Dr. Elizabeth Perry, a Jackson psychiatrist, recently asked Beemon Drugs for a quote on Abilify, a drug she often prescribes to treat depression and bi-polar disease. The retail cost is between $700 and more than $1,000 (depending on strength), for 30 pills—a one-month supply.
She and other health professionals are concerned about a new "benefit" that Blue Cross & Blue Shield of Mississippi has added to its plans this year to end prescription coverage for medications prescribed by out-of-network doctors. Under that provision, Perry's patients, and many others who use out-of-network doctors, will be forced to pay retail prices to fill their prescriptions, rather than the insured rates for drugs prescribed by in-network doctors.
"The impact of this could be tremendous," Perry said, leaving vulnerable patients with fewer choices for care, and potentially destabilizing patients who can't find in-network providers or afford to continue their medications. Those patients will end up in emergency departments, she said, causing family and job disruptions. "It's mind-boggling."
Meredith Virden, a spokeswoman for BCBS, plays down the fears, saying the provision was added to the its health-insurance plans in January in response to requirements of the federal Affordable Care Act. Virden said the change "encourages use of in-network doctors," and allows BCBS to manage their customers' drug use better. It could, for example, prevent situations where different doctors may unknowingly prescribe incompatible or dangerous drugs. She also said that BCBS is not enforcing the change at this time pending a state insurance commission review. The change, however, appears in a November 2013 BCBS plan summary obtained by the Jackson Free Press.
Robert Dozier, executive director of Mississippi Independent Pharmacy Association, a group that represents the interests of independent pharmacists across the state, said the change is evidence that BCBS is not patient- and provider-friendly anymore. He characterized the insurer as the "800-pound gorilla" of health-insurance companies. Statewide, BCBS insured 81 percent of consumers with private health insurance in 2011.
"They think they can push around the providers and the patients," he said.
Dozier is concerned that the change will force pharmacists to turn away patients with legitimate needs.
"The patients will have to walk away," if they can't afford to pay full price for their medications, he said, even if they have a valid BCBS plan that covers other prescriptions. "They would have to pay out-of-pocket."
The Kaiser Family Foundation estimates that in the United States, roughly half of mental-health patients have access to care. Mississippi actually does better than the U.S. average, meeting 70.5 percent of the states' needs, Kaiser reports. Perry indicated, however, that restricting patients' pharmacy benefits could push out-of-network mental-health providers to find positions in states with better options for patients.
Perry said she found out about the BCBS prescription coverage change from a patient who called for a reference to an in-network provider.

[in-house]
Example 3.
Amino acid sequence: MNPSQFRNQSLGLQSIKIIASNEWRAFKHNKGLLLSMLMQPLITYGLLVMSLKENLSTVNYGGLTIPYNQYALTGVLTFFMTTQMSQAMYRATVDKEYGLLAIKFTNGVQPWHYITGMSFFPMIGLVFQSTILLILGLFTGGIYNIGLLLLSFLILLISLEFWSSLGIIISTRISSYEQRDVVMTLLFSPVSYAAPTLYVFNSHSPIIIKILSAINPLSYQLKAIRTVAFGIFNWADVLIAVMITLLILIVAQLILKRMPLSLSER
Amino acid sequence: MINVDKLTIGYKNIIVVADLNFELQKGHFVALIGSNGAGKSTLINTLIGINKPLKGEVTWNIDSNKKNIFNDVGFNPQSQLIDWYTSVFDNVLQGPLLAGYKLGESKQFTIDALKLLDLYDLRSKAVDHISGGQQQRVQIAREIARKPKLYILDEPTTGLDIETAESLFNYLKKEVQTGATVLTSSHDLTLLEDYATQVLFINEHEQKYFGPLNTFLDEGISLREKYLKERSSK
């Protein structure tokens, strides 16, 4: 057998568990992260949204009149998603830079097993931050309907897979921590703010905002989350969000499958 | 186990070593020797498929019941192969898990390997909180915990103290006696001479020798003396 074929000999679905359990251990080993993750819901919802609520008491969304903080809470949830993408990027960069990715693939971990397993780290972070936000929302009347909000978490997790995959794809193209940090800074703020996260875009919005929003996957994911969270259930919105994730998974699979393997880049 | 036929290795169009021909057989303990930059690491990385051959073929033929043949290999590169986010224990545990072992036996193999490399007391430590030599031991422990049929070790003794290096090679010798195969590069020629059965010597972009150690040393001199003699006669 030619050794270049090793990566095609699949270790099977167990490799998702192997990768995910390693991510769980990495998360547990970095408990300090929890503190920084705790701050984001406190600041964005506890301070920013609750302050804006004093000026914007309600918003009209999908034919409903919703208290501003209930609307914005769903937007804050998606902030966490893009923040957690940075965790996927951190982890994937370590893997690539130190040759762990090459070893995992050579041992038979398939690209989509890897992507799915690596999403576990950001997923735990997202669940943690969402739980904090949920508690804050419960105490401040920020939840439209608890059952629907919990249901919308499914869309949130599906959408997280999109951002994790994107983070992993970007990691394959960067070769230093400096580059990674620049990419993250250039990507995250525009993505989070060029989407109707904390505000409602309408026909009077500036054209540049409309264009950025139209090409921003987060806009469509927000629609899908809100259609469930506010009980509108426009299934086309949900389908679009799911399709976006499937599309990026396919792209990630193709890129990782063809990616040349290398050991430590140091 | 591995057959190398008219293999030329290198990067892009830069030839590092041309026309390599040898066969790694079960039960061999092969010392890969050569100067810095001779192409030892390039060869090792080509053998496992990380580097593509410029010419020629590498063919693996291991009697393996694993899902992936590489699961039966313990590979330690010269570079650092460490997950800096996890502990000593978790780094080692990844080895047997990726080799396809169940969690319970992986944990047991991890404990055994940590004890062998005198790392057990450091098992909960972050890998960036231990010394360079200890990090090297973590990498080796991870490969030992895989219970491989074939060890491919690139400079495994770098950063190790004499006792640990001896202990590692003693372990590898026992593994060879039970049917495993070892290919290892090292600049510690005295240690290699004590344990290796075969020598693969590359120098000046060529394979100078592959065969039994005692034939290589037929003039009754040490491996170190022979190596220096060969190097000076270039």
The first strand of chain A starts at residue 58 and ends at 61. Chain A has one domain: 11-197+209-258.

Insurance Commissioner Mike Chaney said his office is in communication with BCBS, and the company agreed not to enforce the new provision, yet. To his knowledge, no BCBS plan holders have had to pay out-of-pocket for medications prescribed by out-of-network providers.
"I would be very surprised," if the provision was in force, he said, and added that his office has not received any complaints about the benefit change from health-care providers. Overall, complaints about Blue Cross & Blue Shield to the insurance commission are low—"fewer than 10," Chaney said.
"Those we've looked into have been misunderstandings," Chaney said, and those complaints were resolved. "We want to be certain that patients get what they need."
While Chaney and providers agree on that point, the Mississippi State Medical Association, similar to MIPA, argues that the change will be harmful to Mississippians. The organizations are pushing for legislation prohibiting BCBS and other insurance companies from denying prescription coverage from out-of-network providers.
HB 546, sponsored by Rep. Gary Chism, R-Columbus, seeks to amend state law to invalidate the BCBS health-insurance policy provision that "denies coverage of medically necessary prescription drugs based solely on network distinctions of the licensed health care provider ordering or dispensing the prescription drug."
Blake Bell, MSMA's director of governmental affairs, said his organization has reached out to other health-insurance companies in Mississippi and in other states to determine if other companies limit prescription coverage to their in-network doctors.
Bell said that he has yet to hear of another insurance carrier in the country with a similar restriction. He added that HB 546, which passed out of Chism's House Insurance Committee Jan. 30, resulted from his organization's members expressing real concern for their patients.
"We want people to get better," Bell said. "We don't want insurance coverage to be a barrier."